A 21-year-old college YouTuber who has worked with brands like Amazon and Sephora shares her advice for starting an influencer career
- Margot Lee, a social-media influencer and YouTube creator with 425,000 subscribers, shared her tips for starting a successful YouTube channel.
- The 21-year-old “college YouTuber” broke down how to start a channel, what you can do to stand out, and what comes after posting your first few videos.
- Margot, who goes by Margot Lee online (she prefers to keep her last name private), is a senior at Syracuse University and occasionally teaches an “unofficial pop-up class” on her strategy for starting a career on YouTube.
- In an interview with Business Insider, Margot shared what methods have worked for her, like finding a niche specific to you and how to “be authentic” in a way that will grow your following.
- Click here for more BI Prime stories.
College students are the latest group to start to build careers online by sharing their experiences and advice on YouTube.
Cashing in on the success that comes with being an influencer, these creators have made a name for themselves among big brands like Amazon as “college YouTubers.”
Read more: YouTube creator Natalie Barbu breaks down how much money she earns from a video with 100,000 views
Margot Lee, a 21-year-old influencer and YouTube creator, makes videos about her experience as a college student at Syracuse University for her425,000 subscribers on YouTube. Although Margot (she prefers to keep her last name private) initially started her channel as a hobby, sharing fashion and beauty tips in high school, she has carved out a brand niche for herself as a college YouTuber. She has worked with top brands like Amazon, Victoria’s Secret, and Sephora through brand sponsorships.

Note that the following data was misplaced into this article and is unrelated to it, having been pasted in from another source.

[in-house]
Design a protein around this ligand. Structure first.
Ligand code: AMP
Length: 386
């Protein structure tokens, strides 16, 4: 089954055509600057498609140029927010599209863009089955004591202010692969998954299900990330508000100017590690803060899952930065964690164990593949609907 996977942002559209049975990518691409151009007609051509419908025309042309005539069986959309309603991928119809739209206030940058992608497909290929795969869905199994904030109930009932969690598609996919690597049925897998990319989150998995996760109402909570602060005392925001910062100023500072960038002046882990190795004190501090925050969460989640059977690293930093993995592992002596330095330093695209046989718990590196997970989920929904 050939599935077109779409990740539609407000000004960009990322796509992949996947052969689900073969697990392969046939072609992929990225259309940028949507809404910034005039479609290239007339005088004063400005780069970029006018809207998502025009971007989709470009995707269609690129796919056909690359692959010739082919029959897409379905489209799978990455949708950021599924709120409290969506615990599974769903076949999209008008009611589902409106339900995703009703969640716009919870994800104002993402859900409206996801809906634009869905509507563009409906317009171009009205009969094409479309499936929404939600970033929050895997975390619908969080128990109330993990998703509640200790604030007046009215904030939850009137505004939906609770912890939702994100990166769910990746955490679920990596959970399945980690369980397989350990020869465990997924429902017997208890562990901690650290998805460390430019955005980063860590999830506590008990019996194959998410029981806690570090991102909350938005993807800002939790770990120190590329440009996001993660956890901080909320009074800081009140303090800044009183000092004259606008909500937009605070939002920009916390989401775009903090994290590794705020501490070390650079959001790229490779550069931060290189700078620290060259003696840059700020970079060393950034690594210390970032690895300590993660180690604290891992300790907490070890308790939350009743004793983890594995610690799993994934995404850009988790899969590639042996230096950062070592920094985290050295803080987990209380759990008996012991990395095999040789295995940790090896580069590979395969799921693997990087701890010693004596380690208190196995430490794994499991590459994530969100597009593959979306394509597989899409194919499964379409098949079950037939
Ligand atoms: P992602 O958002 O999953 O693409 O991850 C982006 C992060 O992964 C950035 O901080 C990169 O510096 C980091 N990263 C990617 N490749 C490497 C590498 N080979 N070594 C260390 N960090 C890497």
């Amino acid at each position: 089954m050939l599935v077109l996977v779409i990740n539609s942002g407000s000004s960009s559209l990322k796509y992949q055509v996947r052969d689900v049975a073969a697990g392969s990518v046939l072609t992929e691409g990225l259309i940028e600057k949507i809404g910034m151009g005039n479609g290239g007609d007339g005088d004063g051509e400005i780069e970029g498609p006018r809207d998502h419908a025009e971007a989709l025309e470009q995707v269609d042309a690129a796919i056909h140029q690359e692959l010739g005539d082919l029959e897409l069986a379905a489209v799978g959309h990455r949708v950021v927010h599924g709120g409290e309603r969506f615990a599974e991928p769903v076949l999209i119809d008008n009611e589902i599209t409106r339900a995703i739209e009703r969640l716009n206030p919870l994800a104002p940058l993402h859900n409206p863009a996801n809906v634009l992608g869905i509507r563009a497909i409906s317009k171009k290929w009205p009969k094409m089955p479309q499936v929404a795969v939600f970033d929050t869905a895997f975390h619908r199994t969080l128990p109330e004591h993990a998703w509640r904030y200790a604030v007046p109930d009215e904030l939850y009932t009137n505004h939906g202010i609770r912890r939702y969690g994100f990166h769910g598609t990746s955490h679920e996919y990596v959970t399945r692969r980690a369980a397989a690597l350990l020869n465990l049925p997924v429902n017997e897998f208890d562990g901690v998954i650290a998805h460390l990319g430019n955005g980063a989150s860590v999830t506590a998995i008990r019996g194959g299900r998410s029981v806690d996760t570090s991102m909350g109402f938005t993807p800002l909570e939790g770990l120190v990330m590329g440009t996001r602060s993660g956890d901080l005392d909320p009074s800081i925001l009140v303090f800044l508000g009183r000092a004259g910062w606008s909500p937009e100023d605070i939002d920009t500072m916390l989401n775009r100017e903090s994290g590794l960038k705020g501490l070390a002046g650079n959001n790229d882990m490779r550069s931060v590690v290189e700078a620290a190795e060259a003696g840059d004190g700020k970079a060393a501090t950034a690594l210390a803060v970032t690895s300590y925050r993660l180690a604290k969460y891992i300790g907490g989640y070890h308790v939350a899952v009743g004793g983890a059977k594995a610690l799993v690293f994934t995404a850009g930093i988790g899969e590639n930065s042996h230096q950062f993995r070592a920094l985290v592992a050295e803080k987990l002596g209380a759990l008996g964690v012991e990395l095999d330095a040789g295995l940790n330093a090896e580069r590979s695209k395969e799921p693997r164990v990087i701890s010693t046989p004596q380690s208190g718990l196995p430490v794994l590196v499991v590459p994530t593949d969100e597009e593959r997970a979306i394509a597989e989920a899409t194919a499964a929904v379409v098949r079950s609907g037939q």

Though Margot has been on YouTube for six years, her channel’s growth has recently accelerated. She’s gained roughly 100,000 subscribers in one year, from August 2018 to September 2019, according to data from Social Blade. She said she did so by paying close attention to analytics and to what strategies work best.
Margot teaches an “unofficial pop-up class” at Syracuse with her professor Corey Takahashi. In the class, she shares her advice on how someone can start a successful career on YouTube.
“People are going to watch you if they can find your content useful to them,” she told Business Insider. “They need to be actually learning something, and gaining something.”
Here are Margot’s three big themes for gaining a following online:
Margot’s channel.Margot Lee/YouTube
1. Pick a subject that’s specific to you.
Margot developed a brand for herself almost by accident when she began to share her college experiences and decided to pitch herself as a “college YouTuber.”
If she were to start a channel now, with the intention of starting a business, she said she would pick a specific niche. It doesn’t have to be a small niche, but just something that you can be an expert on, she said.